It’s Daddy here. Apologies for that last post– not by Lara– just something I found in the drafts by an old author, as I’m supposed to be covering for Lara while she is away at the beach for a few days with some friends. Obviously, I haven’t done a very good job….:-)
Natasha, our six year old, and Oliver, our three year old, LOVE playing Wii. When Mummy is home and in charge, there is a very strict rule that Wii is only to be played on weekends and even then there are time limits. Well when Mum is away, we all come out and play! Parenting Daddy-style. The kids love it of course, as we stay up until the wee hours and they know it’s a one-off as Mummy would be furious!
I admit that it’s completely lame on my part. It reflects on my laziness to be more creative and proactive as a parent. It’s terrible, really, and I do get why. The kids should be outside running in the fresh air using their own imagination to play. And I should be laying down foundations for life that are not based on instant gratification. In my defense, I find it quite hard to be a single-parent to two young chidren (even if just for a few days) when they are so used to Mum being the central figure of discipline. This especially as it’s the holidays and they don’t normally have so much time on their hands. Plus there is little Wills to keep an eye on (who also seems to have an early affection for Wii himself!)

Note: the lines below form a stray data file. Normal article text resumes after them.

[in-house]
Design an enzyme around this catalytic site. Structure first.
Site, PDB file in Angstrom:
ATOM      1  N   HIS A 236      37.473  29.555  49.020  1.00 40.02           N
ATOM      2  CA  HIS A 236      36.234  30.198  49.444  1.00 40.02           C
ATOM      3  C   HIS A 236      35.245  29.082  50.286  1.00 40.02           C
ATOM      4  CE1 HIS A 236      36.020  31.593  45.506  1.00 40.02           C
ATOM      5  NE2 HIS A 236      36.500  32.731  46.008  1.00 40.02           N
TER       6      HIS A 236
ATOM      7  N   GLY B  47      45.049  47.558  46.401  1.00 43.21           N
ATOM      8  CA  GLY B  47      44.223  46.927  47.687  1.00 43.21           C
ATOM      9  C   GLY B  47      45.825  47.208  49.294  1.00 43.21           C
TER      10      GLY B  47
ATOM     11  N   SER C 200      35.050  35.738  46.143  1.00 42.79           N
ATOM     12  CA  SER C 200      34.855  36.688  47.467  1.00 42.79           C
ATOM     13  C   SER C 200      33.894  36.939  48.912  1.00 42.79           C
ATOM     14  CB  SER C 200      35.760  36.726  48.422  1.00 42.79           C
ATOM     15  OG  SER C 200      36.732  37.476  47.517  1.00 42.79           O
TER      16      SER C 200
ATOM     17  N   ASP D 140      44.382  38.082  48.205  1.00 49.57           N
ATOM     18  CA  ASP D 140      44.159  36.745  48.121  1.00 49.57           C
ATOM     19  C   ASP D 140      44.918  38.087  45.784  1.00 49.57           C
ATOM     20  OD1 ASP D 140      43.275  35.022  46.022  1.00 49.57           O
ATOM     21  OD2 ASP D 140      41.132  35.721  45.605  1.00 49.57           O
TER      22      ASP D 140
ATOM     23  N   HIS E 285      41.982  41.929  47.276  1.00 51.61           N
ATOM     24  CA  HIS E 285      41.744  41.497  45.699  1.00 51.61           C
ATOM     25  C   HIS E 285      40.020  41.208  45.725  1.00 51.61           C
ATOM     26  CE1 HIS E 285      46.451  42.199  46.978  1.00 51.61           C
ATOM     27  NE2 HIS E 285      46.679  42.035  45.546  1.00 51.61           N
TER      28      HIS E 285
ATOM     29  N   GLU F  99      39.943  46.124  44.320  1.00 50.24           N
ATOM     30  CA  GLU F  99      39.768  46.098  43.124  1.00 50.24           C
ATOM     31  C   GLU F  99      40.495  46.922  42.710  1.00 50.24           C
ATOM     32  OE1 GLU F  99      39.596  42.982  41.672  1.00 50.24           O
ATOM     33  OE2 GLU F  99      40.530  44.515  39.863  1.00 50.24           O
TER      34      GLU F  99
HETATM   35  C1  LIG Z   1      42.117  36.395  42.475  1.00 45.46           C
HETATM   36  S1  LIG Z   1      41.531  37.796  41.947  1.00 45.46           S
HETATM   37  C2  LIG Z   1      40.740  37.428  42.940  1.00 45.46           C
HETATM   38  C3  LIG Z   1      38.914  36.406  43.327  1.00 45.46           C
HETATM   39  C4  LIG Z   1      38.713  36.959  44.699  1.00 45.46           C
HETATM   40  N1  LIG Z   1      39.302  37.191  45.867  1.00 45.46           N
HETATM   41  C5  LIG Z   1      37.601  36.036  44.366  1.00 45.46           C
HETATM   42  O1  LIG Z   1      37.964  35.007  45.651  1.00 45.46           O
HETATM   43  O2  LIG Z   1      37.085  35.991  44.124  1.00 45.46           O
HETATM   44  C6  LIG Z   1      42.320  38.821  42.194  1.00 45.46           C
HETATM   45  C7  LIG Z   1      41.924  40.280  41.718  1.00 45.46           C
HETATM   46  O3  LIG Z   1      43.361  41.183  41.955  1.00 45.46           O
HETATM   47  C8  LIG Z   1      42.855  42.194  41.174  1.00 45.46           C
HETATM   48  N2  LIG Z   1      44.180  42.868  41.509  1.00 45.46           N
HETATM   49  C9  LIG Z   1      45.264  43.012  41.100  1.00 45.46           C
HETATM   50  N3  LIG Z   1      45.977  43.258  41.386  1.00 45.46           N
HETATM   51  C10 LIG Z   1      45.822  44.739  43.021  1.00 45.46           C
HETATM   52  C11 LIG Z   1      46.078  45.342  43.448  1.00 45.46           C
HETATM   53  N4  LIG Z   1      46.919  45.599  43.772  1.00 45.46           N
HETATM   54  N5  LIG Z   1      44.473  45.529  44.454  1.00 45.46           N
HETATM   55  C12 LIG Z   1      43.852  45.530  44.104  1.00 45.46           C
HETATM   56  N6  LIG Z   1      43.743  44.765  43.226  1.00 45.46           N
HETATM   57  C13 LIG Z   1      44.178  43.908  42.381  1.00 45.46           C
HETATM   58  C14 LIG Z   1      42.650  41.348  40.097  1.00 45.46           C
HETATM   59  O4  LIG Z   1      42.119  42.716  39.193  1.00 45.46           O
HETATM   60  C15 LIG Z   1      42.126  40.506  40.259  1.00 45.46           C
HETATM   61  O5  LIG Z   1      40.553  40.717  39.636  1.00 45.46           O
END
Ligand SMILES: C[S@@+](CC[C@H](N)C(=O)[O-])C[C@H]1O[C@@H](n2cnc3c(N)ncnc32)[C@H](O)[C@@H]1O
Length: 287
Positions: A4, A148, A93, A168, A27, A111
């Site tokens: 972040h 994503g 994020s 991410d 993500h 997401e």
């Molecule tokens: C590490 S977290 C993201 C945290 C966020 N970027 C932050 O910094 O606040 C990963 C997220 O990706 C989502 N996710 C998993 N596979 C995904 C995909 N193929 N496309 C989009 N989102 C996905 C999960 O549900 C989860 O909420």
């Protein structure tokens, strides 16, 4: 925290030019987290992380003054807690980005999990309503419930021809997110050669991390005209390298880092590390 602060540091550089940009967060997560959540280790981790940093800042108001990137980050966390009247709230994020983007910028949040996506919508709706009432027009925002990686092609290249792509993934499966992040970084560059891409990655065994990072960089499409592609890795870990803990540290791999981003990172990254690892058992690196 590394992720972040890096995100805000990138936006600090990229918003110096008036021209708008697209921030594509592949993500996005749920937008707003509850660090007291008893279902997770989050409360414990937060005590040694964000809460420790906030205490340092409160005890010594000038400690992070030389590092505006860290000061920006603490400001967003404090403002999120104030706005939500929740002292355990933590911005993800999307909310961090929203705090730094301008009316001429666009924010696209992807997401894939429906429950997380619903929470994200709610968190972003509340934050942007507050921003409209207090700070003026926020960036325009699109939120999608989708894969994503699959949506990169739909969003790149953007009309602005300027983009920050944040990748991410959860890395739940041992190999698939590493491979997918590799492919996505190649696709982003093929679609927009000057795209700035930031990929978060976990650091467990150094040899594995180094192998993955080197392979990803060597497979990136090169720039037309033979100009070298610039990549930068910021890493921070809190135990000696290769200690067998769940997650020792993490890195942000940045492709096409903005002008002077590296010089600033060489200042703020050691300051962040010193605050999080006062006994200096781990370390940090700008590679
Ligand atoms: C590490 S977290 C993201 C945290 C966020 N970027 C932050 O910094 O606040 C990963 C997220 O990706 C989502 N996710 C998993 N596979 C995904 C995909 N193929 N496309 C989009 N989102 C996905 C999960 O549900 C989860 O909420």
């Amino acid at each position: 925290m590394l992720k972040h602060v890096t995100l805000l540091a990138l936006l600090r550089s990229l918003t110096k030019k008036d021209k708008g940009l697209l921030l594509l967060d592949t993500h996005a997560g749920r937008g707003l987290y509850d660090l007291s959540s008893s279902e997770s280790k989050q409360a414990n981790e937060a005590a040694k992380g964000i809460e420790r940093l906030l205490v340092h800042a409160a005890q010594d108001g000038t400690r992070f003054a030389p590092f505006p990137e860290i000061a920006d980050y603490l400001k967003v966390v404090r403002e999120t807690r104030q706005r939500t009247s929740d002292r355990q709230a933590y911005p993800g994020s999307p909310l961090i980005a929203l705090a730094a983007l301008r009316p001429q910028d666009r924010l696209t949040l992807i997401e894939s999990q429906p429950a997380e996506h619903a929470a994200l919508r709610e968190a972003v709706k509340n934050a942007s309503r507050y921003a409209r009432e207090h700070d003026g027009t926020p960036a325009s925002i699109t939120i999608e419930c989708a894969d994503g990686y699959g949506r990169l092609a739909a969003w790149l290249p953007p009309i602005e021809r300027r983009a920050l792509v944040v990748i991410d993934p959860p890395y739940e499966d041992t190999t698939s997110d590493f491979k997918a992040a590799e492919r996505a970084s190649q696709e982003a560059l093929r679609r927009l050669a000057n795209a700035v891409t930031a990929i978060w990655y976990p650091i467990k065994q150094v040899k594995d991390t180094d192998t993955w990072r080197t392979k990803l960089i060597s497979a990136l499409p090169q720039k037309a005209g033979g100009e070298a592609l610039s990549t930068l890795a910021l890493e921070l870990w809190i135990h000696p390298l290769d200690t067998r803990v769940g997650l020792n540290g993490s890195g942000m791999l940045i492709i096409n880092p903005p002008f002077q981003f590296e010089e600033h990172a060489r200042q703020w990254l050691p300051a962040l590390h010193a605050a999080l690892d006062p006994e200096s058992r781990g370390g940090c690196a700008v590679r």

The latest Wii obsession of the kids and I is the Mii Golf game. It’s completely addictive and just an incredible amount of fun!
So here are five points that I have prepared in my defense, in anticipation of Lara’s wrath when she comes back tomorrow. It’s the best I could come up with!
1. Physical co-ordination
There is no doubt that the kids have gotten to improve some of their physical skills. Eye-had coordination for one- whether that be with their aim, timing or anticipation. Nat is naturally sporty and so has a very good eye for the ball already. But she also tends to be a bit clumsy, so Wii games do help learn her own strength and use more “touch” and deftness. Ollie doesn’t seem to have a natural eye for the ball, and Wii has improved his timing.
2. Learning to win & lose
This is a big one. Nat is incredibly competitive and has been ever since she could walk and talk. Especially against her little brother, who luckily doesn’t share the same character trait and is very sweet even if he doesn’t win. So if I take a shot for him and misses, he’ll say: “Don’t worry, Dad, it’s okay…” and have that cute look about him when I could just hug him to death! But going back to Nat, we are talking serious tantrums, sulking, crying and bad moods if she isn’t “the winner”. One might think that Wii would actually make this worse, but in fact Nat has started (very slowly…) to learn that she doesn’t need to win all the time and be more graceful when she loses. I can tell that it still hurts her like mad and she loathes losing, but the fact that she is now pretending not to mind as much is certainly a start in the right direction. And the other side of the coin is also learning how to win gracefully and in this respect Nat is much better than Ollie (probably as she has so much practice at it, as we let her win so much…), who does tend to gloat when he wins and say things like “I’m good, you’re bad, I’m the winner, you’re the loser, na, na..”. Again, from playing Wii, Ollie has started to learn that it’s not nice to gloat over your opponent when you win.